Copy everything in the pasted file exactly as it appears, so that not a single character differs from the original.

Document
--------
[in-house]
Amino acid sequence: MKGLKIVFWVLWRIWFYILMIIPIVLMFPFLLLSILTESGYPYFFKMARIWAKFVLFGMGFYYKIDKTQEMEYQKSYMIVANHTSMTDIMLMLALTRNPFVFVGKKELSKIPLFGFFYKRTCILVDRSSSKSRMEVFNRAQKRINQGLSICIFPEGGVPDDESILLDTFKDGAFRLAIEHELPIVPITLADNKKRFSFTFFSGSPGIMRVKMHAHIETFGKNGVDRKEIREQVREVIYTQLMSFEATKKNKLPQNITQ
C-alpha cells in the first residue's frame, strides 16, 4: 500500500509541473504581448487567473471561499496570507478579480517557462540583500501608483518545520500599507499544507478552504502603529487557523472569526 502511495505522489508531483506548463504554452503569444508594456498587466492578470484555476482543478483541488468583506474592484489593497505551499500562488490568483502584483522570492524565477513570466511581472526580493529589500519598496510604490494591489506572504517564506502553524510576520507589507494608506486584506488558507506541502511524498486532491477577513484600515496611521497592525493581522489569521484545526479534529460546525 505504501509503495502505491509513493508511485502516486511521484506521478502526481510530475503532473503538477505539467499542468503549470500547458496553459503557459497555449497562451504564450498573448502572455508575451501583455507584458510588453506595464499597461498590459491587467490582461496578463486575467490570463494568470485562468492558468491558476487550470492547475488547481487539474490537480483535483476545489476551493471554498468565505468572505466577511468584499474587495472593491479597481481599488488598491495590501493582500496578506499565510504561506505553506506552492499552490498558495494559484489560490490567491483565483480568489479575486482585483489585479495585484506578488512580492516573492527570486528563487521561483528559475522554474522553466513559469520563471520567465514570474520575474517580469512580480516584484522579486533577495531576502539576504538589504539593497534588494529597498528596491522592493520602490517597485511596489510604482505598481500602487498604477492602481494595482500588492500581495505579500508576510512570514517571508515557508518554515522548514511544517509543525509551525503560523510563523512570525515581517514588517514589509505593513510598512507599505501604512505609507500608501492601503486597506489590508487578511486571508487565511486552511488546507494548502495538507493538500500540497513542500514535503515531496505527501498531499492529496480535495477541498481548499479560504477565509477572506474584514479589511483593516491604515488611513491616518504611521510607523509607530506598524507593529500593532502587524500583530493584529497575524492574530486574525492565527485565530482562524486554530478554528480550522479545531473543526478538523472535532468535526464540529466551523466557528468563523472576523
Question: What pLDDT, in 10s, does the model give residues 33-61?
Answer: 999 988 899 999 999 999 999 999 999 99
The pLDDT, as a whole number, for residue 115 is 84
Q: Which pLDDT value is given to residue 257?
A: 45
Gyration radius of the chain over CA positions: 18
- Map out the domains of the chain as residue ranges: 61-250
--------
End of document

[in-house]
Amino acid sequence: MKGLKIVFWVLWRIWFYILMIIPIVLMFPFLLLSILTESGYPYFFKMARIWAKFVLFGMGFYYKIDKTQEMEYQKSYMIVANHTSMTDIMLMLALTRNPFVFVGKKELSKIPLFGFFYKRTCILVDRSSSKSRMEVFNRAQKRINQGLSICIFPEGGVPDDESILLDTFKDGAFRLAIEHELPIVPITLADNKKRFSFTFFSGSPGIMRVKMHAHIETFGKNGVDRKEIREQVREVIYTQLMSFEATKKNKLPQNITQ
C-alpha cells in the first residue's frame, strides 16, 4: 500500500509541473504581448487567473471561499496570507478579480517557462540583500501608483518545520500599507499544507478552504502603529487557523472569526 502511495505522489508531483506548463504554452503569444508594456498587466492578470484555476482543478483541488468583506474592484489593497505551499500562488490568483502584483522570492524565477513570466511581472526580493529589500519598496510604490494591489506572504517564506502553524510576520507589507494608506486584506488558507506541502511524498486532491477577513484600515496611521497592525493581522489569521484545526479534529460546525 505504501509503495502505491509513493508511485502516486511521484506521478502526481510530475503532473503538477505539467499542468503549470500547458496553459503557459497555449497562451504564450498573448502572455508575451501583455507584458510588453506595464499597461498590459491587467490582461496578463486575467490570463494568470485562468492558468491558476487550470492547475488547481487539474490537480483535483476545489476551493471554498468565505468572505466577511468584499474587495472593491479597481481599488488598491495590501493582500496578506499565510504561506505553506506552492499552490498558495494559484489560490490567491483565483480568489479575486482585483489585479495585484506578488512580492516573492527570486528563487521561483528559475522554474522553466513559469520563471520567465514570474520575474517580469512580480516584484522579486533577495531576502539576504538589504539593497534588494529597498528596491522592493520602490517597485511596489510604482505598481500602487498604477492602481494595482500588492500581495505579500508576510512570514517571508515557508518554515522548514511544517509543525509551525503560523510563523512570525515581517514588517514589509505593513510598512507599505501604512505609507500608501492601503486597506489590508487578511486571508487565511486552511488546507494548502495538507493538500500540497513542500514535503515531496505527501498531499492529496480535495477541498481548499479560504477565509477572506474584514479589511483593516491604515488611513491616518504611521510607523509607530506598524507593529500593532502587524500583530493584529497575524492574530486574525492565527485565530482562524486554530478554528480550522479545531473543526478538523472535532468535526464540529466551523466557528468563523472576523
Question: What pLDDT, in 10s, does the model give residues 33-61?
Answer: 999 988 899 999 999 999 999 999 999 99
The pLDDT, as a whole number, for residue 115 is 84
Q: Which pLDDT value is given to residue 257?
A: 45
Gyration radius of the chain over CA positions: 18
- Map out the domains of the chain as residue ranges: 61-250